Fly fishermen think they are better than everyone else. They take one of the early hunter-gatherer occupations of bringing home food and turn it into not only a sport, but an art. They consider themselves closer to nature than people who don’t fish at all, as well as people who fish with spinning gear or live bait.

They tie or buy flies that not only fool fish into thinking they are edible, but are beautiful works of art in themselves.

“The Contest” by James Hurley is a novel about fly fishermen, and fly fishermen’s high opinion of themselves is central to the plot.

The action takes place in a fictional small Maine town that is probably in the Lovell-Waterford area, and on an unnamed river that flows through the town, right by Crossing House, an old inn.

The narrator, Benedict Salem and called BS and/or Ben by his friends, discovered Crossing House while returning to his home in Massachusetts after an unsuccessful fishing trip in parts of Maine farther north, met innkeeper Bill Cahill, and fell in love with the inn, the river and the town, eventually moving there to eke out a living as a writer.

Ben, Bill and other town residents form the Samuel Tippett Fly Fishers club, named after a former owner of Crossing House who was responsible for stocking the once barren river with brook trout and brown trout.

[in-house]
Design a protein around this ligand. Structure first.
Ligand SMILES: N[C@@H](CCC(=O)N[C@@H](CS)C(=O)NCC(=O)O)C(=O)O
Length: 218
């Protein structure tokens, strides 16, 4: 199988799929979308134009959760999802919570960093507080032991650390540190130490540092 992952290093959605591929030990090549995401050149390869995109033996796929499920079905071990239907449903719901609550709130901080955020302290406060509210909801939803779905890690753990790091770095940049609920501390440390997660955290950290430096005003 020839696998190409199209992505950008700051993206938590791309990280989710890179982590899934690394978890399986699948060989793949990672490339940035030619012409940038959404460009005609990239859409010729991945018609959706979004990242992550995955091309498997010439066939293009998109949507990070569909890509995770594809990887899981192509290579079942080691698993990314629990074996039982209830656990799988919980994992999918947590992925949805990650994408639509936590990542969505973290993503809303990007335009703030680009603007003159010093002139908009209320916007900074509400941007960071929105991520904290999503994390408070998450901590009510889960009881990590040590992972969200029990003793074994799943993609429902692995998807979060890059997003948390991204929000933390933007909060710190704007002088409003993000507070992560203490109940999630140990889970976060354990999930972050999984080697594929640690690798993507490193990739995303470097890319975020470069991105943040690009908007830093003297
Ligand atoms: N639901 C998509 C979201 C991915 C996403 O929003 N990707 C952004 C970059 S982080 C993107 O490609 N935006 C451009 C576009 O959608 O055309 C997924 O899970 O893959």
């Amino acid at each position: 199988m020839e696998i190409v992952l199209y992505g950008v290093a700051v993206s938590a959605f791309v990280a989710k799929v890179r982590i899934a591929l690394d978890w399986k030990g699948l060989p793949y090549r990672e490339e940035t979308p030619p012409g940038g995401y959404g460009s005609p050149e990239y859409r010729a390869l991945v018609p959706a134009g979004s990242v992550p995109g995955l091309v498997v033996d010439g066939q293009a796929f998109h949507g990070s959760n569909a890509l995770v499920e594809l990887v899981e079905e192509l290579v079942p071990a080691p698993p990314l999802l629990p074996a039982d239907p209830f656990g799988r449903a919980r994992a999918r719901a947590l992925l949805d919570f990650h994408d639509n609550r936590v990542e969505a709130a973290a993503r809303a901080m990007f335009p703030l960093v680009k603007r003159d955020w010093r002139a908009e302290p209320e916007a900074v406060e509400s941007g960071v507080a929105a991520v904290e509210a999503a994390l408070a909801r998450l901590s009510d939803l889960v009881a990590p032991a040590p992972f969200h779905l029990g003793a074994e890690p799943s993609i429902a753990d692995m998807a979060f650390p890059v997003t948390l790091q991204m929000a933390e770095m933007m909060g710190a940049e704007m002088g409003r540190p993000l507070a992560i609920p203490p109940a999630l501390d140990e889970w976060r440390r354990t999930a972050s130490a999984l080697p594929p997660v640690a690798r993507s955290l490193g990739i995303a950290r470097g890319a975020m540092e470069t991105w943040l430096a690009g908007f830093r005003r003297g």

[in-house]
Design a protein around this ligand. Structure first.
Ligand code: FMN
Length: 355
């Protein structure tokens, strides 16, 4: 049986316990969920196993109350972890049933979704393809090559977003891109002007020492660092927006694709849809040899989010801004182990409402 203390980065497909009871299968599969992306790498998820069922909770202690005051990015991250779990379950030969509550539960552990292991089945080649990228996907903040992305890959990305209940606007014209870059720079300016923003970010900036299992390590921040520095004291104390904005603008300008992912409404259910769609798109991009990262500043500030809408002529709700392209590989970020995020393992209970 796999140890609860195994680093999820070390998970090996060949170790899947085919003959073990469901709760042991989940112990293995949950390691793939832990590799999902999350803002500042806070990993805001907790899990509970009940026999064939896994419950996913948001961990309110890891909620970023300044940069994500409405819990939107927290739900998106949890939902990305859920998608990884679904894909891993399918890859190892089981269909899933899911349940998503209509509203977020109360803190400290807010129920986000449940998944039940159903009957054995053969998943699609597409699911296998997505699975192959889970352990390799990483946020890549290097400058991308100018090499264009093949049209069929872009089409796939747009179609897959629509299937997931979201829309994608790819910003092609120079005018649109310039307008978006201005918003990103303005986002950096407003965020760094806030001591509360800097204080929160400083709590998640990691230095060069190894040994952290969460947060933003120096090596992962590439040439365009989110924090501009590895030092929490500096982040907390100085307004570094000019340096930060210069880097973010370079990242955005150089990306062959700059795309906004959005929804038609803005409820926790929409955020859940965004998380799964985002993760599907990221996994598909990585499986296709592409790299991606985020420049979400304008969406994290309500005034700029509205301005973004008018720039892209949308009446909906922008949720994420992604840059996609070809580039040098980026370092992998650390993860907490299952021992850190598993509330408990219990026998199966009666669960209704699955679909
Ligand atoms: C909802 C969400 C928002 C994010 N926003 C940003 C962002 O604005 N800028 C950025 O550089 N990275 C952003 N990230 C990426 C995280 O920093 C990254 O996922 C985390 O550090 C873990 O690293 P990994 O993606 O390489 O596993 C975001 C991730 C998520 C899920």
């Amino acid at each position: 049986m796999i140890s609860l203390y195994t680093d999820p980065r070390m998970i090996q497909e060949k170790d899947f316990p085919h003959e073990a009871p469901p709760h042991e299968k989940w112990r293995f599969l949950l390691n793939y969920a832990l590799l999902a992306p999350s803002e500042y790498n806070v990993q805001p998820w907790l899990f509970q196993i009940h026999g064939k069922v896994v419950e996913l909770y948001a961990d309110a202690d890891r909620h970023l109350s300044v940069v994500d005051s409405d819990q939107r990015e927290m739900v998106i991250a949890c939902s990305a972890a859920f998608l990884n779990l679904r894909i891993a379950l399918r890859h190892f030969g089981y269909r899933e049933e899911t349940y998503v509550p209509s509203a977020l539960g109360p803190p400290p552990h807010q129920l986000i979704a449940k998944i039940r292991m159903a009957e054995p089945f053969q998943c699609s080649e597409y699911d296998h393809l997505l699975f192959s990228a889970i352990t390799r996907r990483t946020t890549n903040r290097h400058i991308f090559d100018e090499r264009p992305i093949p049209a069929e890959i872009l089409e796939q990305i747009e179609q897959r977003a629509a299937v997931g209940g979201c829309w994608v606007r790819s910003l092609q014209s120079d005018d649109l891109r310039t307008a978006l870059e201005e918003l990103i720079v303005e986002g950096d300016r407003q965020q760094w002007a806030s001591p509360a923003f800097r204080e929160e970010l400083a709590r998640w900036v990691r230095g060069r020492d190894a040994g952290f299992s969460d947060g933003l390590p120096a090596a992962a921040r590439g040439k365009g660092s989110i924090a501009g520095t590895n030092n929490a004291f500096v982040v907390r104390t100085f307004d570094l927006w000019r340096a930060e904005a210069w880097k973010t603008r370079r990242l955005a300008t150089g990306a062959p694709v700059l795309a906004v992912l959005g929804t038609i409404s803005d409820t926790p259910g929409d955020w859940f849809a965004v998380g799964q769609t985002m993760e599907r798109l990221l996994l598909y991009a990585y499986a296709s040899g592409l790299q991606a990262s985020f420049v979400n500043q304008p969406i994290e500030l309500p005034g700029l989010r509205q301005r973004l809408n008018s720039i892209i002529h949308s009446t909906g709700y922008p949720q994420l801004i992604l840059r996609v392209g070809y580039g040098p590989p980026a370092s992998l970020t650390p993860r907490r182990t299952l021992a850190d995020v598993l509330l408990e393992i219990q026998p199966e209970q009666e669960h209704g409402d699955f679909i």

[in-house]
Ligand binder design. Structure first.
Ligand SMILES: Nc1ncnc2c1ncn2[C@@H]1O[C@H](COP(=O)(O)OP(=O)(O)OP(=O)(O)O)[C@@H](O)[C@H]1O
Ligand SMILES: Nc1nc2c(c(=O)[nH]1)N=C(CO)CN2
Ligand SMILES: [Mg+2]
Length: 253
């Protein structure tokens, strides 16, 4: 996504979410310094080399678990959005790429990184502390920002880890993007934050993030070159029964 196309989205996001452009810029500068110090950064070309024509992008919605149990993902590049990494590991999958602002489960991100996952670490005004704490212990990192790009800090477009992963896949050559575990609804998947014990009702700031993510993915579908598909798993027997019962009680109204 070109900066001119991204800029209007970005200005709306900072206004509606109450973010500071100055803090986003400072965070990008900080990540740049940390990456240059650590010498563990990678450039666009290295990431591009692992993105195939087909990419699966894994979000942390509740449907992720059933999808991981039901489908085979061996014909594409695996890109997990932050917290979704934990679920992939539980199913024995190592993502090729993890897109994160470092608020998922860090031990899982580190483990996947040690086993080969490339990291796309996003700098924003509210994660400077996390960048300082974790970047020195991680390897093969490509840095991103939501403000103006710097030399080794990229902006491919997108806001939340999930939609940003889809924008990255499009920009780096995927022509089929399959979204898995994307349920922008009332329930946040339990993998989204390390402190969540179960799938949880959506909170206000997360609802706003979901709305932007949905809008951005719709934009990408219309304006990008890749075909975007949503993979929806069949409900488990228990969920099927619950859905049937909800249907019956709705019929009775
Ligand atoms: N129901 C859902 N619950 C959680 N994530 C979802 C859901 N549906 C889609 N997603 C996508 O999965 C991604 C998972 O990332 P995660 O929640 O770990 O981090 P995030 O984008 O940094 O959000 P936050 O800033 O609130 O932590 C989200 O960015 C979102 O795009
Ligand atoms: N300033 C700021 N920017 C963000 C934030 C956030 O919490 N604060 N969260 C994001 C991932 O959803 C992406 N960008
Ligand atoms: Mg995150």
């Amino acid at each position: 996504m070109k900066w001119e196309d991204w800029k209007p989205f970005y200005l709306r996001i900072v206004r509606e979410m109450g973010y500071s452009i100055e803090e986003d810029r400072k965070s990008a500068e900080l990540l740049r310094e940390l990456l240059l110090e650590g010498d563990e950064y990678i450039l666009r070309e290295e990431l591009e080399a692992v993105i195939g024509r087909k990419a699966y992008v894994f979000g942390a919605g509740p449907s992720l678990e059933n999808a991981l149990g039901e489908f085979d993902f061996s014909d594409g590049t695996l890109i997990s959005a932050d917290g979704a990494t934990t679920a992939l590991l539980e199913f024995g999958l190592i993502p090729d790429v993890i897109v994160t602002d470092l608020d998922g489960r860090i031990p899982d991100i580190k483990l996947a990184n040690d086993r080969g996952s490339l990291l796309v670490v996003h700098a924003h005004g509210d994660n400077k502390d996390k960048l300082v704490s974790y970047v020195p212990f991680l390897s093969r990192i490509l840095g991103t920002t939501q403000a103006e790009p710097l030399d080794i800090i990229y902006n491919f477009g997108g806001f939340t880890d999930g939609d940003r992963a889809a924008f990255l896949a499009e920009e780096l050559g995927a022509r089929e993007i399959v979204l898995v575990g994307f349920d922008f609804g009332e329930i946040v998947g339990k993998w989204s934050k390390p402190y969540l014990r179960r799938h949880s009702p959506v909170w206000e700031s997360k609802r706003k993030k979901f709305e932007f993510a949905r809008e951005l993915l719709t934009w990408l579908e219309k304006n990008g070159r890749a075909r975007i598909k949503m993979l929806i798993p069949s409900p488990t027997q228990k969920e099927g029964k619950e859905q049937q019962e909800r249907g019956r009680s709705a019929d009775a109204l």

All is going well until Ben writes a fishing column in which he claims the Deerhair Caddis is the perfect trout fly. Other STIFFS (the acronym for Samuel TIppet Fly Fishers) criticize his choice, and after much liquor flows, the arguments get heated. The result is the creation of a contest to determine the best fishing fly.

The 10 club members all pick their choice for perfect fly. Five pick dry flies, designed to float on the surface of the water, and five pick wet flies, which imitate small fish or underwater insects. Those selections created a separate event, of dries against wets.

But as the contest proceeds over three days, the battle expands to include who are the better fishermen and, perhaps, the better people.

The contest changes the men taking part in it, changes the way they fish and think about fishing, and even changes how they think about themselves, each other, morality and life itself.

Fly fishermen will enjoy this book, especially during the winter when they can’t get out on the water. Hurley, who lives in western Massachusetts, describes fishing techniques, how flies work to deceive fish and the best places in a river to find fish. Those passages alone will keep fishermen entertained and transport them to the streams of their minds.

The conflicts among the fishermen go well beyond fishing, involving how people deal with conflict, change their personality when the competition heats up and change it again when things go seriously wrong. Those changes will be interesting to anyone.

All of the contestants, including the narrator, have personality quirks and their own demons that they deal with, and these come out in the contest.

But fly fishing is central to the novel. While fly fishermen (I am one) will find this novel enjoyable, people who do not fly fish may find it the fishing parts dull.

Tom Atwell is a freelance writer living in Cape Elizabeth. He can be contacted at 767-2297 or

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